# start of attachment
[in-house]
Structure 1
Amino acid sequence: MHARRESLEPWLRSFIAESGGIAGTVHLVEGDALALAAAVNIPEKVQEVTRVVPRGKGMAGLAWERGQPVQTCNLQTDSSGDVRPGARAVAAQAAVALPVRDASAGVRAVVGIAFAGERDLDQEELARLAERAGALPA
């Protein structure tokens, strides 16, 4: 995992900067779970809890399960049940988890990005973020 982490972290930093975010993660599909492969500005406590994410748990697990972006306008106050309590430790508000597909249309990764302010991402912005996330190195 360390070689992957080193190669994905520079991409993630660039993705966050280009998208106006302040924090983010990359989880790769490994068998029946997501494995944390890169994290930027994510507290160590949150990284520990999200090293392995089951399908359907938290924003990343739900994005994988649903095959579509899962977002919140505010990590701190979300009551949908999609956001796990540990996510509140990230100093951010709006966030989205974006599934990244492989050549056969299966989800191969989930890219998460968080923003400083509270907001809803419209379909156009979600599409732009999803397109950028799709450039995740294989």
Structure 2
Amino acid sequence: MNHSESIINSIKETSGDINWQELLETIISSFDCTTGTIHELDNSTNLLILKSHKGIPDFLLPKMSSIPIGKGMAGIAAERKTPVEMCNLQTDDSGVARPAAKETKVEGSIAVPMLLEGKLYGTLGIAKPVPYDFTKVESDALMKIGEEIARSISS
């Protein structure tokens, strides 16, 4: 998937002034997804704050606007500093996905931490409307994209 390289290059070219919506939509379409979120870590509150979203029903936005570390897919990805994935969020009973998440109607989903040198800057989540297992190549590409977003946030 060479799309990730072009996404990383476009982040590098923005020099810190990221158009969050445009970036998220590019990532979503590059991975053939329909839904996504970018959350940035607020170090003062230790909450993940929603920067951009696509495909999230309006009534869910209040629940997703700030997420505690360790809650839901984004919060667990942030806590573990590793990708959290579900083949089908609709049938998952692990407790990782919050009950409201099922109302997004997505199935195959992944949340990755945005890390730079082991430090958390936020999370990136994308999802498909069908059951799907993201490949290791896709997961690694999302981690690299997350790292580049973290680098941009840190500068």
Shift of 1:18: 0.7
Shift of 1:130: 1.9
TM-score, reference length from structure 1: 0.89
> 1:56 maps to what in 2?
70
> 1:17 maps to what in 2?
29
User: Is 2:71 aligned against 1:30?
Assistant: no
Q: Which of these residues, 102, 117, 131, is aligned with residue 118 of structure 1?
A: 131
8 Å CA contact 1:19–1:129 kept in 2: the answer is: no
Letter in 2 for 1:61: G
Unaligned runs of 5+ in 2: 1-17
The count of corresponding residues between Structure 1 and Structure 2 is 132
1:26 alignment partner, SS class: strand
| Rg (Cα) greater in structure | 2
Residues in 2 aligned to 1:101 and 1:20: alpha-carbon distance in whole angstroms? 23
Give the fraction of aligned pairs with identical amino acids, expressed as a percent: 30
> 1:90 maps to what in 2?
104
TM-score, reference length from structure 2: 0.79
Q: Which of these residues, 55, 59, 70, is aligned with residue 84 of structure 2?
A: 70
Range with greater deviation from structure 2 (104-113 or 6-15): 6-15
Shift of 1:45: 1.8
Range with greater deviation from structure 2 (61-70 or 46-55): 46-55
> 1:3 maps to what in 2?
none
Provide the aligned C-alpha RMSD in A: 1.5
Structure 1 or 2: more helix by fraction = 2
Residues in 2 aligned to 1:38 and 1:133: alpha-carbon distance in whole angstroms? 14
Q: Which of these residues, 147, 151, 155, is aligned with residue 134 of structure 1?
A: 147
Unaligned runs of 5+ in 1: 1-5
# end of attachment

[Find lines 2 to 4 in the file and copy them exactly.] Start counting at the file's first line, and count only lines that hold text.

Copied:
Structure 1
Amino acid sequence: MHARRESLEPWLRSFIAESGGIAGTVHLVEGDALALAAAVNIPEKVQEVTRVVPRGKGMAGLAWERGQPVQTCNLQTDSSGDVRPGARAVAAQAAVALPVRDASAGVRAVVGIAFAGERDLDQEELARLAERAGALPA
């Protein structure tokens, strides 16, 4: 995992900067779970809890399960049940988890990005973020 982490972290930093975010993660599909492969500005406590994410748990697990972006306008106050309590430790508000597909249309990764302010991402912005996330190195 360390070689992957080193190669994905520079991409993630660039993705966050280009998208106006302040924090983010990359989880790769490994068998029946997501494995944390890169994290930027994510507290160590949150990284520990999200090293392995089951399908359907938290924003990343739900994005994988649903095959579509899962977002919140505010990590701190979300009551949908999609956001796990540990996510509140990230100093951010709006966030989205974006599934990244492989050549056969299966989800191969989930890219998460968080923003400083509270907001809803419209379909156009979600599409732009999803397109950028799709450039995740294989």